A lot has changed since 2011. Gas prices are down, employment is up – closing in on 70 months of uninterrupted job growth – and more people are finding it easier to pay down their mortgages, evidenced by a declining foreclosure rate.
But one thing remains the same – the financial feasibility of homeownership, according to a newly released survey.
Nearly two-thirds of Americans – 63 percent – believe the average consumer is just as capable of buying a home in 2016 as they were in 2011, a recent survey conducted by National Journal found. At 62 percent, a similar rate felt the same way about a college degree. Roughly two-thirds indicated there was little difference in graduation potential, hearkening to the cost of tuition.
Ron Brownstein, editorial director of Atlantic Media, National Journal's publisher, said that Americans understand the value of hard work and the doors it can open – both literally and figuratively.
"Americans still have faith that their own efforts rather than forces beyond their control are the key to their success in life," Brownstein explained. "But this poll makes clear that Americans believe that the path to success has grown more complex and challenging."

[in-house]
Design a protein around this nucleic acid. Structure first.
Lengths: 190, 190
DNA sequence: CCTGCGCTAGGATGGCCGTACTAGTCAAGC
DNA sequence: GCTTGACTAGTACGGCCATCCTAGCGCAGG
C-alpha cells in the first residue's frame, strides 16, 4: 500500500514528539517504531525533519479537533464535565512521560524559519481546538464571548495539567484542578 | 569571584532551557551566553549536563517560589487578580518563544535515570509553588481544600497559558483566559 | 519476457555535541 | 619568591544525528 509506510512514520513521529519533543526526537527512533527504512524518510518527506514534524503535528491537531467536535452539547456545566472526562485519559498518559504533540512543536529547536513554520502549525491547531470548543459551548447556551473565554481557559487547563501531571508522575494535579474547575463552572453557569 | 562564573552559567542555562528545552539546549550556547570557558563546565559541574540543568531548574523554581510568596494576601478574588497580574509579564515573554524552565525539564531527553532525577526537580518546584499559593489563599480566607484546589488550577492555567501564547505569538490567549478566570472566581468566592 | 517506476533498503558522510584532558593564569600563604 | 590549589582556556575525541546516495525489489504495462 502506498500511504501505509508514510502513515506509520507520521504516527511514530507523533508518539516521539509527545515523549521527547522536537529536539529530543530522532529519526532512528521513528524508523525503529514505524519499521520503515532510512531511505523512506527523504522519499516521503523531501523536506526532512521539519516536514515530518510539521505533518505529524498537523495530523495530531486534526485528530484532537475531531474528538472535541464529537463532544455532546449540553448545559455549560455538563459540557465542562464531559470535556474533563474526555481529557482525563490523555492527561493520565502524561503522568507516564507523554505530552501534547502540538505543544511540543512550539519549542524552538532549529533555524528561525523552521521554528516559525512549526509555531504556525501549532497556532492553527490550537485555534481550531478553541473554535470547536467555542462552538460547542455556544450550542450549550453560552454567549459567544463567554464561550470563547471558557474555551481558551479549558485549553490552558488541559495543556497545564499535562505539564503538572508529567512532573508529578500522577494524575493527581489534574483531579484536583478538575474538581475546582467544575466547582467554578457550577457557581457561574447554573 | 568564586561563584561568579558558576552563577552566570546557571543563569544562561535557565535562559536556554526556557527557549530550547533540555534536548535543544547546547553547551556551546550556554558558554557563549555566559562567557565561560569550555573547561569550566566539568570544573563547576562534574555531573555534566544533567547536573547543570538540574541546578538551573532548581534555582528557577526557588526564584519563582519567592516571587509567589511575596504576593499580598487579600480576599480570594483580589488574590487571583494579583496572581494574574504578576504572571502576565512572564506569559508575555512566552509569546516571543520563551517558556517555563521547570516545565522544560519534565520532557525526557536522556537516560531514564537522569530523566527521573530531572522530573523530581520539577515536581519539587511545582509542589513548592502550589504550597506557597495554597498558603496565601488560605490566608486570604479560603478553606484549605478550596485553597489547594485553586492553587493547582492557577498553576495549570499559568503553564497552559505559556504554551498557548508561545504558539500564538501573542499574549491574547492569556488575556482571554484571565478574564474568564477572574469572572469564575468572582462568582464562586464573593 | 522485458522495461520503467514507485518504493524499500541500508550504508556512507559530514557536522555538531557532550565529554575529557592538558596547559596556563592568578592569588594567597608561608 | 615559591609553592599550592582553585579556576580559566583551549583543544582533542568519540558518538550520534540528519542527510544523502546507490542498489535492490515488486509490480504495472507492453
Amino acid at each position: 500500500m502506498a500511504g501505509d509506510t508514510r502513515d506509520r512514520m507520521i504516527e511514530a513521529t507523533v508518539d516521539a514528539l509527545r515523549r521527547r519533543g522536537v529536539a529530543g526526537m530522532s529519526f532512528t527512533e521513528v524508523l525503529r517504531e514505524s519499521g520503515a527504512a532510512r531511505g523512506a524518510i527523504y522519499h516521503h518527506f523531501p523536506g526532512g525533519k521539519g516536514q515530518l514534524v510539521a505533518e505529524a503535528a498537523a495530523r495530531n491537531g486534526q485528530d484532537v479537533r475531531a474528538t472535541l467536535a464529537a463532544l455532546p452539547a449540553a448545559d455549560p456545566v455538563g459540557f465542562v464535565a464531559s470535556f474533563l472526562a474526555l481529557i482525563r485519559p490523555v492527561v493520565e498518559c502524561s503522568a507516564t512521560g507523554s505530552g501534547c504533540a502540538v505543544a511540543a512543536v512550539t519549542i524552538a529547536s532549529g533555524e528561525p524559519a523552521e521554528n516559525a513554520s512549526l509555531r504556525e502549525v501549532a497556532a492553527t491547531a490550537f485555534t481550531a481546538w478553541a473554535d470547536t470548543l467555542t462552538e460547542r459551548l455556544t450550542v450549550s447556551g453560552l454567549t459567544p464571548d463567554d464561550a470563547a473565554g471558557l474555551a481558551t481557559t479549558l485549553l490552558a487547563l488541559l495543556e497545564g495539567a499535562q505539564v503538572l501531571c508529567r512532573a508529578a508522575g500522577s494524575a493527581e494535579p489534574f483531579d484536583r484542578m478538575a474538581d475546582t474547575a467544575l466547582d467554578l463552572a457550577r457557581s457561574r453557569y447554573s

These difficulties have been most evident in the economy, which while better than 2011 is far from firing on all cylinders, the survey found. More than three-quarters assessed the current state of the economy as poor, versus 1 in 5 who considered it to be performing well. That's up from 11 percent who indicated as much in 2013.
For the most part, though, Americans believe that brighter days are in the offing. More than 7 in 10 projected the economy to be doing better 12 months from now, the National Journal survey showed. This also included those who felt it would be doing no worse. Approximately 20 percent said that the economy would be worse off in a year's time.